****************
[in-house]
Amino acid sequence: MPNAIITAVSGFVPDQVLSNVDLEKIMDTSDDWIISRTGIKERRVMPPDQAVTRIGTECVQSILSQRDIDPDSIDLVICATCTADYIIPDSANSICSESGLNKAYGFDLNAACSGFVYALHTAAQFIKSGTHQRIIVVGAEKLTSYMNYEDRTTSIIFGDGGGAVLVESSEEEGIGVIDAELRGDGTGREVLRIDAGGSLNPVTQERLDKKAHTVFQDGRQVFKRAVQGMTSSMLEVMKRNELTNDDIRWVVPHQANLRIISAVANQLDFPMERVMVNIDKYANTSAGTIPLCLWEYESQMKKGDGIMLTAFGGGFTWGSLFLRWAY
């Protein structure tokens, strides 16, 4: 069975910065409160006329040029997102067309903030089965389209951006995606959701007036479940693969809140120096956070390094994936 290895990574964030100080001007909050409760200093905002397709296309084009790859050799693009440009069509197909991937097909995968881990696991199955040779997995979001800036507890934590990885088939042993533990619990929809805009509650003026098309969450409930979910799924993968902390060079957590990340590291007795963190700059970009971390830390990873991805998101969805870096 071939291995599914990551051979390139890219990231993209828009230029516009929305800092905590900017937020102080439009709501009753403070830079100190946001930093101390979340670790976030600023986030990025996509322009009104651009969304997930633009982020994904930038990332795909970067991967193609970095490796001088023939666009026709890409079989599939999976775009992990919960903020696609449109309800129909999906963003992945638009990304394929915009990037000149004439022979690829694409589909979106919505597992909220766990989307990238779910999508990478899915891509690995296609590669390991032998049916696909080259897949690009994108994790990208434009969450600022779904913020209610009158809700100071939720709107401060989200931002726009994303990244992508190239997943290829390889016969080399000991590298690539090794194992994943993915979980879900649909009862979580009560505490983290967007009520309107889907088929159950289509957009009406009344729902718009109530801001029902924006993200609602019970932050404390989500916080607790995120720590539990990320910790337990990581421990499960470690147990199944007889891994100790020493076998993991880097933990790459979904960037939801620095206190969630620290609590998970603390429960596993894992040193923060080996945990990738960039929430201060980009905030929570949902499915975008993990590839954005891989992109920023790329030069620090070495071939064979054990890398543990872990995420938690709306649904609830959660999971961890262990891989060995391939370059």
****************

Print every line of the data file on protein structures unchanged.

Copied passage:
[in-house]
Amino acid sequence: MPNAIITAVSGFVPDQVLSNVDLEKIMDTSDDWIISRTGIKERRVMPPDQAVTRIGTECVQSILSQRDIDPDSIDLVICATCTADYIIPDSANSICSESGLNKAYGFDLNAACSGFVYALHTAAQFIKSGTHQRIIVVGAEKLTSYMNYEDRTTSIIFGDGGGAVLVESSEEEGIGVIDAELRGDGTGREVLRIDAGGSLNPVTQERLDKKAHTVFQDGRQVFKRAVQGMTSSMLEVMKRNELTNDDIRWVVPHQANLRIISAVANQLDFPMERVMVNIDKYANTSAGTIPLCLWEYESQMKKGDGIMLTAFGGGFTWGSLFLRWAY
């Protein structure tokens, strides 16, 4: 069975910065409160006329040029997102067309903030089965389209951006995606959701007036479940693969809140120096956070390094994936 290895990574964030100080001007909050409760200093905002397709296309084009790859050799693009440009069509197909991937097909995968881990696991199955040779997995979001800036507890934590990885088939042993533990619990929809805009509650003026098309969450409930979910799924993968902390060079957590990340590291007795963190700059970009971390830390990873991805998101969805870096 071939291995599914990551051979390139890219990231993209828009230029516009929305800092905590900017937020102080439009709501009753403070830079100190946001930093101390979340670790976030600023986030990025996509322009009104651009969304997930633009982020994904930038990332795909970067991967193609970095490796001088023939666009026709890409079989599939999976775009992990919960903020696609449109309800129909999906963003992945638009990304394929915009990037000149004439022979690829694409589909979106919505597992909220766990989307990238779910999508990478899915891509690995296609590669390991032998049916696909080259897949690009994108994790990208434009969450600022779904913020209610009158809700100071939720709107401060989200931002726009994303990244992508190239997943290829390889016969080399000991590298690539090794194992994943993915979980879900649909009862979580009560505490983290967007009520309107889907088929159950289509957009009406009344729902718009109530801001029902924006993200609602019970932050404390989500916080607790995120720590539990990320910790337990990581421990499960470690147990199944007889891994100790020493076998993991880097933990790459979904960037939801620095206190969630620290609590998970603390429960596993894992040193923060080996945990990738960039929430201060980009905030929570949902499915975008993990590839954005891989992109920023790329030069620090070495071939064979054990890398543990872990995420938690709306649904609830959660999971961890262990891989060995391939370059």